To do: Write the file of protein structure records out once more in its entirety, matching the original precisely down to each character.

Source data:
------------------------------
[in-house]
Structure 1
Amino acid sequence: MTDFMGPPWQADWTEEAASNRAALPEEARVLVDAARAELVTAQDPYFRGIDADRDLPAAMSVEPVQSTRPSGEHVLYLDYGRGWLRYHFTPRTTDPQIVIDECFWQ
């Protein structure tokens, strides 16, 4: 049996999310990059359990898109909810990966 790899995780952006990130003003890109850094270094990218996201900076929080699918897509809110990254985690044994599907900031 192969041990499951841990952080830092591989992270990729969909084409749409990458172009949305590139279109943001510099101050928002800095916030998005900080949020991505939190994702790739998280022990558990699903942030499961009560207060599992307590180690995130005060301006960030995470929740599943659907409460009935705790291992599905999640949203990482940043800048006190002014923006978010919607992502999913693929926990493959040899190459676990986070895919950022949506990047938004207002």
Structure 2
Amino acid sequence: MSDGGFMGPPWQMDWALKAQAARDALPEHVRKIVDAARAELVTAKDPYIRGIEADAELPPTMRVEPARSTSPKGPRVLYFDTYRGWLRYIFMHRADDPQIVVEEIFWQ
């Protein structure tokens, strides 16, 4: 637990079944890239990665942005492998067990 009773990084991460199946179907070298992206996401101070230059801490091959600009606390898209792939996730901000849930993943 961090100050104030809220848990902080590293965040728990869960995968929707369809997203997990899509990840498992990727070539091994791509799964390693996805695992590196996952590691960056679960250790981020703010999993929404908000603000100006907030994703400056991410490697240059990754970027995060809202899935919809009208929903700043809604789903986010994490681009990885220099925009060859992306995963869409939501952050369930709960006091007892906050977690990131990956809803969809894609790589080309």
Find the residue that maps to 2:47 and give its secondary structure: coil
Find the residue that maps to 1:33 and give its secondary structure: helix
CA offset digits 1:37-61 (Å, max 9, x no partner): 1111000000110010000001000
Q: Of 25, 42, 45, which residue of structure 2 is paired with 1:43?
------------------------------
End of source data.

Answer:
[in-house]
Structure 1
Amino acid sequence: MTDFMGPPWQADWTEEAASNRAALPEEARVLVDAARAELVTAQDPYFRGIDADRDLPAAMSVEPVQSTRPSGEHVLYLDYGRGWLRYHFTPRTTDPQIVIDECFWQ
């Protein structure tokens, strides 16, 4: 049996999310990059359990898109909810990966 790899995780952006990130003003890109850094270094990218996201900076929080699918897509809110990254985690044994599907900031 192969041990499951841990952080830092591989992270990729969909084409749409990458172009949305590139279109943001510099101050928002800095916030998005900080949020991505939190994702790739998280022990558990699903942030499961009560207060599992307590180690995130005060301006960030995470929740599943659907409460009935705790291992599905999640949203990482940043800048006190002014923006978010919607992502999913693929926990493959040899190459676990986070895919950022949506990047938004207002």
Structure 2
Amino acid sequence: MSDGGFMGPPWQMDWALKAQAARDALPEHVRKIVDAARAELVTAKDPYIRGIEADAELPPTMRVEPARSTSPKGPRVLYFDTYRGWLRYIFMHRADDPQIVVEEIFWQ
């Protein structure tokens, strides 16, 4: 637990079944890239990665942005492998067990 009773990084991460199946179907070298992206996401101070230059801490091959600009606390898209792939996730901000849930993943 961090100050104030809220848990902080590293965040728990869960995968929707369809997203997990899509990840498992990727070539091994791509799964390693996805695992590196996952590691960056679960250790981020703010999993929404908000603000100006907030994703400056991410490697240059990754970027995060809202899935919809009208929903700043809604789903986010994490681009990885220099925009060859992306995963869409939501952050369930709960006091007892906050977690990131990956809803969809894609790589080309």
Find the residue that maps to 2:47 and give its secondary structure: coil
Find the residue that maps to 1:33 and give its secondary structure: helix
CA offset digits 1:37-61 (Å, max 9, x no partner): 1111000000110010000001000
Q: Of 25, 42, 45, which residue of structure 2 is paired with 1:43?